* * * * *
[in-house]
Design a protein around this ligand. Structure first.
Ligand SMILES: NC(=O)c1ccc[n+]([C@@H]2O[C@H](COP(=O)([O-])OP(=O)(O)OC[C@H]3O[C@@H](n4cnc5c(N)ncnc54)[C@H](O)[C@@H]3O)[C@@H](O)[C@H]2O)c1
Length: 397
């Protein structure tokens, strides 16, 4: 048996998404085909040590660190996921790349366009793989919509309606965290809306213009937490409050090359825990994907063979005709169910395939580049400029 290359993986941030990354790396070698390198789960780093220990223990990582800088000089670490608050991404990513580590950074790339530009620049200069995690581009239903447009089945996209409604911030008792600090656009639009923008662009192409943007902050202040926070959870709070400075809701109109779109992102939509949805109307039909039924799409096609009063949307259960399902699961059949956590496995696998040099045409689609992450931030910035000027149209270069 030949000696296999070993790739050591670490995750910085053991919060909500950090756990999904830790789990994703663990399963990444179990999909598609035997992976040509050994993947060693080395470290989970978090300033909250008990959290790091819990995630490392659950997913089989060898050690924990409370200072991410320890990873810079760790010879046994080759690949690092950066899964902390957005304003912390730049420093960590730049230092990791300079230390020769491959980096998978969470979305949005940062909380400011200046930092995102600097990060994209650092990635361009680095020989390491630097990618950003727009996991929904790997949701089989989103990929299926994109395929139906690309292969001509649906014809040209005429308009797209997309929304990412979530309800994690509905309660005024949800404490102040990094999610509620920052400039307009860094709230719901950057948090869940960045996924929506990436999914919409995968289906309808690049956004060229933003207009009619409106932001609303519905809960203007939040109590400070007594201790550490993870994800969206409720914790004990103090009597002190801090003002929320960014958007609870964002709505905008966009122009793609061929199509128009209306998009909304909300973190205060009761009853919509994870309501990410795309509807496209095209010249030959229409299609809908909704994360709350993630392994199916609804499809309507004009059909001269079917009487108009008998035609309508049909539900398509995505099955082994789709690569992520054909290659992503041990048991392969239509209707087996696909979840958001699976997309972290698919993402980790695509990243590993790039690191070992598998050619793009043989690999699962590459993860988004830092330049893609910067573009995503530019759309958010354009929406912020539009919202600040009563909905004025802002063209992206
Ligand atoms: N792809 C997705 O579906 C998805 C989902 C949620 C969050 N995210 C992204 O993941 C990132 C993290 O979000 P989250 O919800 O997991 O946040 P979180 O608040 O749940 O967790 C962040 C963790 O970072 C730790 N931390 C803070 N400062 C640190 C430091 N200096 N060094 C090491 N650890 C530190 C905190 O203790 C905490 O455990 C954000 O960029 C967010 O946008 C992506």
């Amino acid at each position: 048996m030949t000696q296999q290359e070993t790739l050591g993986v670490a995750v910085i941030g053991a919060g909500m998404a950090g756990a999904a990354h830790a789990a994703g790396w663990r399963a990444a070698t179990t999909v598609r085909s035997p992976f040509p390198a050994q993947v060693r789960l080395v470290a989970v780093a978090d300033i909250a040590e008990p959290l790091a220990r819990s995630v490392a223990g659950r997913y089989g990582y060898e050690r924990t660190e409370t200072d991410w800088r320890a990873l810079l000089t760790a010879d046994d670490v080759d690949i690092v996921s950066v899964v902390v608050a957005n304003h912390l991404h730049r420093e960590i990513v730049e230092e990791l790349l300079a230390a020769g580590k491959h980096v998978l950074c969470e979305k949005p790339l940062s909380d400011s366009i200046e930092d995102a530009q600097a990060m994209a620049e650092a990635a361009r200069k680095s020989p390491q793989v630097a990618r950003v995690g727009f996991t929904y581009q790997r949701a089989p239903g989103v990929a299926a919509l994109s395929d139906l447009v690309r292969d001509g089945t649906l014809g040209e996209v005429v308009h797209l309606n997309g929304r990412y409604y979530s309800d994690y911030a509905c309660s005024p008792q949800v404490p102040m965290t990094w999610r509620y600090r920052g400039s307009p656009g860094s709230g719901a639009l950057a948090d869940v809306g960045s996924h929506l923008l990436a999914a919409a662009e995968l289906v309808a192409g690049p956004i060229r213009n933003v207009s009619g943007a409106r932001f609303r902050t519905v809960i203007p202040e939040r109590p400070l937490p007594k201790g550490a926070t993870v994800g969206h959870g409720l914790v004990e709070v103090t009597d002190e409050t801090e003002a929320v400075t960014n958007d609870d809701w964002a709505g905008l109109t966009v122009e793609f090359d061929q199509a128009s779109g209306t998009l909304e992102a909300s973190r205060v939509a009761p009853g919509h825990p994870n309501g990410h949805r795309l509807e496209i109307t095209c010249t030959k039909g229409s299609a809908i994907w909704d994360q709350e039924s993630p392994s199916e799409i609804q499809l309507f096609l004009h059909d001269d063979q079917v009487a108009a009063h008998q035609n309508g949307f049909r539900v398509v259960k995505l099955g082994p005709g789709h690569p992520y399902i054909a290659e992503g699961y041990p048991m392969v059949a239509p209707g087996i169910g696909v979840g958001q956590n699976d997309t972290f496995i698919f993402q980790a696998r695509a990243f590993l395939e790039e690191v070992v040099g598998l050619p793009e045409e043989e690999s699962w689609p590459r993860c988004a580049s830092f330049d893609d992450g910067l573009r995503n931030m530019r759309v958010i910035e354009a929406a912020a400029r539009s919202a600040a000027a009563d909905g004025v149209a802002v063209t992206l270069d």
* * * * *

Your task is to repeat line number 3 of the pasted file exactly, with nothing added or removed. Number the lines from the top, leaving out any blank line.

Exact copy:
Ligand SMILES: NC(=O)c1ccc[n+]([C@@H]2O[C@H](COP(=O)([O-])OP(=O)(O)OC[C@H]3O[C@@H](n4cnc5c(N)ncnc54)[C@H](O)[C@@H]3O)[C@@H](O)[C@H]2O)c1